The Day the Betta Died

Today I buried a betta in the backyard. 

It was our first pet, and my daughter’s first real experience with this kind of loss. She had an aunt and uncle pass away during Covid, but she was not close to the people like she was to her fish-friend. 

 I dug a hole in the ground with a toy shovel. I cursed when it broke in the icy grass. I went back into the garage, looking for a real shovel. Of course, I don’t have any tools. I never thought to buy tools. 

My child cried for a long time, hot tears streaming down her face. She remembered her fish. 

My son responds within seconds of hearing the news, “Can we buy another one?” 

That’s my boy.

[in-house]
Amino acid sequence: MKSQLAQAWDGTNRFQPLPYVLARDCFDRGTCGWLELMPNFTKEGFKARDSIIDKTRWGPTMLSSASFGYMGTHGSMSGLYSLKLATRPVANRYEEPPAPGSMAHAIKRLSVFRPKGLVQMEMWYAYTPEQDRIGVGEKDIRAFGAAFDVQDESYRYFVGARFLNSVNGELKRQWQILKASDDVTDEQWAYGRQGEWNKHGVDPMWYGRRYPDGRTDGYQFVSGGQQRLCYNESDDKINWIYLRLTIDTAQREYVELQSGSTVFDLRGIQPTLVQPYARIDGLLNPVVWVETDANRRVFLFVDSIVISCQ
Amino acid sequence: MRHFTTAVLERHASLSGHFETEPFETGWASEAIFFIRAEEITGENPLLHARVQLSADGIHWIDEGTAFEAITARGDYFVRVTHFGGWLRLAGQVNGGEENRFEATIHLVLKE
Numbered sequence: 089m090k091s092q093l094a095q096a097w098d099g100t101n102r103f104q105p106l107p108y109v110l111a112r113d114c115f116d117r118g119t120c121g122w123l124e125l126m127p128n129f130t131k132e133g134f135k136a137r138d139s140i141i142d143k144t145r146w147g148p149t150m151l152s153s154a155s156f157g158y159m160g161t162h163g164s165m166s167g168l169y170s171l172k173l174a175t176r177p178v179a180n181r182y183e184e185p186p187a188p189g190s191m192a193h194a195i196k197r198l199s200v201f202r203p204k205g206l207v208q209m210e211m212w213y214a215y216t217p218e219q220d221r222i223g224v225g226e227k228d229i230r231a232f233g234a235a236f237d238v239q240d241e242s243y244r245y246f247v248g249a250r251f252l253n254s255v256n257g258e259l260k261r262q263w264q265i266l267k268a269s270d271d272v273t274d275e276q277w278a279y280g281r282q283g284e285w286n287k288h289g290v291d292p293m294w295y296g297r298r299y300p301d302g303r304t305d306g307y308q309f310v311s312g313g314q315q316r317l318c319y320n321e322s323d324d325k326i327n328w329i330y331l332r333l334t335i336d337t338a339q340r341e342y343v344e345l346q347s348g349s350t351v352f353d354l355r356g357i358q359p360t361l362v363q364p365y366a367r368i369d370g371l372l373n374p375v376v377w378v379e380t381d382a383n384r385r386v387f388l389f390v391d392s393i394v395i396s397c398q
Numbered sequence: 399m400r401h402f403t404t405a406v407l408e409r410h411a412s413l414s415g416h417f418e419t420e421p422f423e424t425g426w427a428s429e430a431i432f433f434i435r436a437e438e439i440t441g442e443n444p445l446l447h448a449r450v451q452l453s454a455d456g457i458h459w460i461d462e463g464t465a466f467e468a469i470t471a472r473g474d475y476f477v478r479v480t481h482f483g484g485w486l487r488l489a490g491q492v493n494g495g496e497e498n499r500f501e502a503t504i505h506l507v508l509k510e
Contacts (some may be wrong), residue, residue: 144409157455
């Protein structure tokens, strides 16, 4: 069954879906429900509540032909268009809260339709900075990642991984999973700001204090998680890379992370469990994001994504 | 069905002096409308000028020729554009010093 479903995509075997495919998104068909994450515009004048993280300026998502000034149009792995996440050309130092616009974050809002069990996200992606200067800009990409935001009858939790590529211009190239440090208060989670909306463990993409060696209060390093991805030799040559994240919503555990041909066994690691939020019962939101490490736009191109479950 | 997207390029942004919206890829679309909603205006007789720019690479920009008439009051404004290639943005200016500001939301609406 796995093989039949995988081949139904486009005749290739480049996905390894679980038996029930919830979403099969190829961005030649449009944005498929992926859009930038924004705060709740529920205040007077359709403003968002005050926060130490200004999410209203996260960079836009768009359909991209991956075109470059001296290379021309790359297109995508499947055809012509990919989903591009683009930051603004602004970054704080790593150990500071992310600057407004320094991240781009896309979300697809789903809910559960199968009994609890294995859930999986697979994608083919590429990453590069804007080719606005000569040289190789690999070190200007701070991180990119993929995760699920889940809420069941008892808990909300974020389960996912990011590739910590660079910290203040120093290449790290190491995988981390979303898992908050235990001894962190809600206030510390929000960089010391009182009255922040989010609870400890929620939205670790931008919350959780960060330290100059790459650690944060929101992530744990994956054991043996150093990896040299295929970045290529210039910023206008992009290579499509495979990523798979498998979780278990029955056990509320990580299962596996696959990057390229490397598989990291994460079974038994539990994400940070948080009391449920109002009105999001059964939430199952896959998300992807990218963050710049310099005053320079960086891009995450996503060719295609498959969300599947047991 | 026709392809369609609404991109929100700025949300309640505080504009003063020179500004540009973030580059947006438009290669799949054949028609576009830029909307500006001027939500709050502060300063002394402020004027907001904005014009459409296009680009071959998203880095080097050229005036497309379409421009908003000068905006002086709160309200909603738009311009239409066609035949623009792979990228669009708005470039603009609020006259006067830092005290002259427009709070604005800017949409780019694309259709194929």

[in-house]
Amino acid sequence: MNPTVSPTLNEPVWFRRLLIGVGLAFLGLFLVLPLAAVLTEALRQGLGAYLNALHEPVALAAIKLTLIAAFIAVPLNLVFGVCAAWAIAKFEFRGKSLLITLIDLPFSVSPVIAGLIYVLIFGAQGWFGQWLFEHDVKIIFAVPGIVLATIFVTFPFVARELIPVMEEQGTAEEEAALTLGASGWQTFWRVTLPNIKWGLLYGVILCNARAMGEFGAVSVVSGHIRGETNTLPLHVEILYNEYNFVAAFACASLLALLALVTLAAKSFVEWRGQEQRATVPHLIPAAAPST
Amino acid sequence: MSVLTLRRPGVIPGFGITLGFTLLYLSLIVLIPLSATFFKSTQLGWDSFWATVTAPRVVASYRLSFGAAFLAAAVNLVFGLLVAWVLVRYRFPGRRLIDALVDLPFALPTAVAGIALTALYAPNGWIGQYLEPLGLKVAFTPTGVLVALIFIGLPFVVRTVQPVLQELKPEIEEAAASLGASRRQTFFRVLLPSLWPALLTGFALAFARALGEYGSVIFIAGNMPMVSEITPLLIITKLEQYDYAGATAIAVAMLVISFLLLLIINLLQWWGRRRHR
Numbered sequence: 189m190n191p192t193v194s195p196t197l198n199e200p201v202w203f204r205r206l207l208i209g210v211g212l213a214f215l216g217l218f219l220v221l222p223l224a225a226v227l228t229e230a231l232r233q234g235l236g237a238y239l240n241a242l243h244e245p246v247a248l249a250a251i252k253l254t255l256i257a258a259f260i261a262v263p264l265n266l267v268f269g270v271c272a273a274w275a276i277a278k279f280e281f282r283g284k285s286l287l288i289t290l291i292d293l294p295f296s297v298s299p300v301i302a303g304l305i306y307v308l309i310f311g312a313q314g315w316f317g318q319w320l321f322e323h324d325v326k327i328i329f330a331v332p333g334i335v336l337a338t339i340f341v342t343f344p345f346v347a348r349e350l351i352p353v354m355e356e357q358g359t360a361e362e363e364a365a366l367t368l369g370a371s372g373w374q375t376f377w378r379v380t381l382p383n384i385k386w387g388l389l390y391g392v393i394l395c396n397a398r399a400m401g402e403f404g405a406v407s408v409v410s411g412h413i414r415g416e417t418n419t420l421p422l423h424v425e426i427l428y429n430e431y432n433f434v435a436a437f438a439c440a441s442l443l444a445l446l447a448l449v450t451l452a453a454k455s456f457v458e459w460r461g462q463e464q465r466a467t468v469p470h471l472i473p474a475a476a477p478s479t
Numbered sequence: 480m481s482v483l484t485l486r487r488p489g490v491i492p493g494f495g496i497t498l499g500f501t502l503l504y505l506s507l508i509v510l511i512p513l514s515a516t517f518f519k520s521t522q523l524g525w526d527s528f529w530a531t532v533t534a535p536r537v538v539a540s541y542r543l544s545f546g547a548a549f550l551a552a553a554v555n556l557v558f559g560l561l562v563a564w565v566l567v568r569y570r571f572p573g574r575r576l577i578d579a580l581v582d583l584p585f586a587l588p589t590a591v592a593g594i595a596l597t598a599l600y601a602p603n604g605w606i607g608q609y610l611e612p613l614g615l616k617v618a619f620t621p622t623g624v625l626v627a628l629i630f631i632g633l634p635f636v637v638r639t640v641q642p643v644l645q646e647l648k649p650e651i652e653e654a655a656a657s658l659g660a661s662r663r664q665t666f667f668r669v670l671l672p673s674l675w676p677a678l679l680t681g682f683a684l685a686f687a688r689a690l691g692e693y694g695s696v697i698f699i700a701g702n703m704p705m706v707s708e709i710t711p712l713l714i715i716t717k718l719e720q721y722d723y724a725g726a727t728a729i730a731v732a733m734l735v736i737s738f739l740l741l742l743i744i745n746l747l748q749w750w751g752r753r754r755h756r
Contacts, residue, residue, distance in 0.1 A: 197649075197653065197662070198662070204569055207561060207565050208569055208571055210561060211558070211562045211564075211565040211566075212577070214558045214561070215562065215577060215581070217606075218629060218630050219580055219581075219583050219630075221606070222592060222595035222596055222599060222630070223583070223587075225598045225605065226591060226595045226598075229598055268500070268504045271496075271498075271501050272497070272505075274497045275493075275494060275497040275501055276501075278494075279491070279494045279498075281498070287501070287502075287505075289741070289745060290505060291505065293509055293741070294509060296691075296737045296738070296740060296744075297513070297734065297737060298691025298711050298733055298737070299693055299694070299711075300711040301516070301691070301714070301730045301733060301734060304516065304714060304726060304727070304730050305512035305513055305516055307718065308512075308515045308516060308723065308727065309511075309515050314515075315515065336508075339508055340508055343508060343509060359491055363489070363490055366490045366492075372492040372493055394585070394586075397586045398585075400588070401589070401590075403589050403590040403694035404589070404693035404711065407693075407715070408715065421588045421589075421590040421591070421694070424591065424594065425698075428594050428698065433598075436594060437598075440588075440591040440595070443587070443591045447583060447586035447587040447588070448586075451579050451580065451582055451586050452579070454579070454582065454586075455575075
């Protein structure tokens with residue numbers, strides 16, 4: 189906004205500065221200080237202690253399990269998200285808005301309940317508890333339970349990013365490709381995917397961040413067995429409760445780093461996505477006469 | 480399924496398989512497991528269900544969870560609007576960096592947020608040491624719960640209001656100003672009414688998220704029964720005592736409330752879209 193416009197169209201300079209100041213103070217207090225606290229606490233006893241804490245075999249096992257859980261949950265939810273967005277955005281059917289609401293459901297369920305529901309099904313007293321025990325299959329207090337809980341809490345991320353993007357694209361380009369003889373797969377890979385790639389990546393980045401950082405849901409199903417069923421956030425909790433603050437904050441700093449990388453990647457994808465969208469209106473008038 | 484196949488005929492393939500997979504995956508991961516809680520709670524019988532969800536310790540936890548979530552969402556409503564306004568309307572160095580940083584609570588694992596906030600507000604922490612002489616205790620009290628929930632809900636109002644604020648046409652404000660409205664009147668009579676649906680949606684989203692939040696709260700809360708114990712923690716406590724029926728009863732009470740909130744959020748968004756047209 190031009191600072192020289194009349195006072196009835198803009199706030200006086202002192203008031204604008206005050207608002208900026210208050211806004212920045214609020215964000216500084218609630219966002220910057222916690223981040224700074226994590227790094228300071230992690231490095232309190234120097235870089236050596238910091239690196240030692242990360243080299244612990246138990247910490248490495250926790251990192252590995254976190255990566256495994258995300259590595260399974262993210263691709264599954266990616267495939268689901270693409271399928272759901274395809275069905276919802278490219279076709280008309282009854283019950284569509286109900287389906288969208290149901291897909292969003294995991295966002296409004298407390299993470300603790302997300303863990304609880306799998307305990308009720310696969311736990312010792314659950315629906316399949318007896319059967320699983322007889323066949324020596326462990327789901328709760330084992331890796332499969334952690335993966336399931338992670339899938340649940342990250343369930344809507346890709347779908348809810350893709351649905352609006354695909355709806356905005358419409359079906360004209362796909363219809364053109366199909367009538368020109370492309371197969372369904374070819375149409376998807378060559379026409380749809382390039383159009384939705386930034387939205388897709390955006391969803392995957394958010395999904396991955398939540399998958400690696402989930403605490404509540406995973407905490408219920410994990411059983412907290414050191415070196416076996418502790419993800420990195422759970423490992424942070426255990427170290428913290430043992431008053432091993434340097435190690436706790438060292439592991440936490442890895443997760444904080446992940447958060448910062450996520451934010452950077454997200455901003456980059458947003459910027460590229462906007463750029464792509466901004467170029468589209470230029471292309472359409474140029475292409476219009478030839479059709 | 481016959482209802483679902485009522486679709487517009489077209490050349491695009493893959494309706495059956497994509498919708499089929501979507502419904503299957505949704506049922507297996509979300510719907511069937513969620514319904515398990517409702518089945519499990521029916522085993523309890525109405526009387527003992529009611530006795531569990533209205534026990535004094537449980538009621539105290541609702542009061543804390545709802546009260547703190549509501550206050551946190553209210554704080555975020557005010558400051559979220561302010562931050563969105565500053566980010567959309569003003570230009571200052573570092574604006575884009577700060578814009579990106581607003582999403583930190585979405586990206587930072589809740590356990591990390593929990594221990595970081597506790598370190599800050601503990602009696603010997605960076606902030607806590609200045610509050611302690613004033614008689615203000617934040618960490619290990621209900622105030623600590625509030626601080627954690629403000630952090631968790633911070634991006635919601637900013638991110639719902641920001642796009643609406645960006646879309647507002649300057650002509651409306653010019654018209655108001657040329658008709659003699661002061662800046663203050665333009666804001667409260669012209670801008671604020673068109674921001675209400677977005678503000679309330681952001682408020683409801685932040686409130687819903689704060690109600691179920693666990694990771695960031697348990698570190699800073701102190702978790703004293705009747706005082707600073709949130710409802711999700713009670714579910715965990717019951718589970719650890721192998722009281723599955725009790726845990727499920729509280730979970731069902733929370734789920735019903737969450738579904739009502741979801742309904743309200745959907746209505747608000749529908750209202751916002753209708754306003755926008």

I felt slightly proud of him, to not get attached, to simply move on to something else.  I have a similar temperament. 

I struggled to make sense of why my older child was crying, but I knew I what was expected: I’m supposed to hold her, comfort her, and so I did. I rubbed her back and petted her like a cat. 

She came back to the tank and stared. 

“Does she miss me?”

“Who?” I asked. 

“Rosy Blue,” she said, looking at me with wet eyes. 

“Oh sure,” I say, not sure that fish really miss anyone. 

One day my daughter will read this.

She can probably read this entry now, and wonder what happened on the day her pet died.

And she’ll remember her mom quietly buried the fish, made them make art pictures of blue fish, recite Sura Kahf and Fatiha, read about oceans, and took them to their grandparents’ house to play, to help them forget. 

I told them to make dua for their fish, and that the fish probably have a version of a rainbow ocean where all their fish friends hang out. 

I did well, don’t you think? 

Photo by Tim Mossholder on

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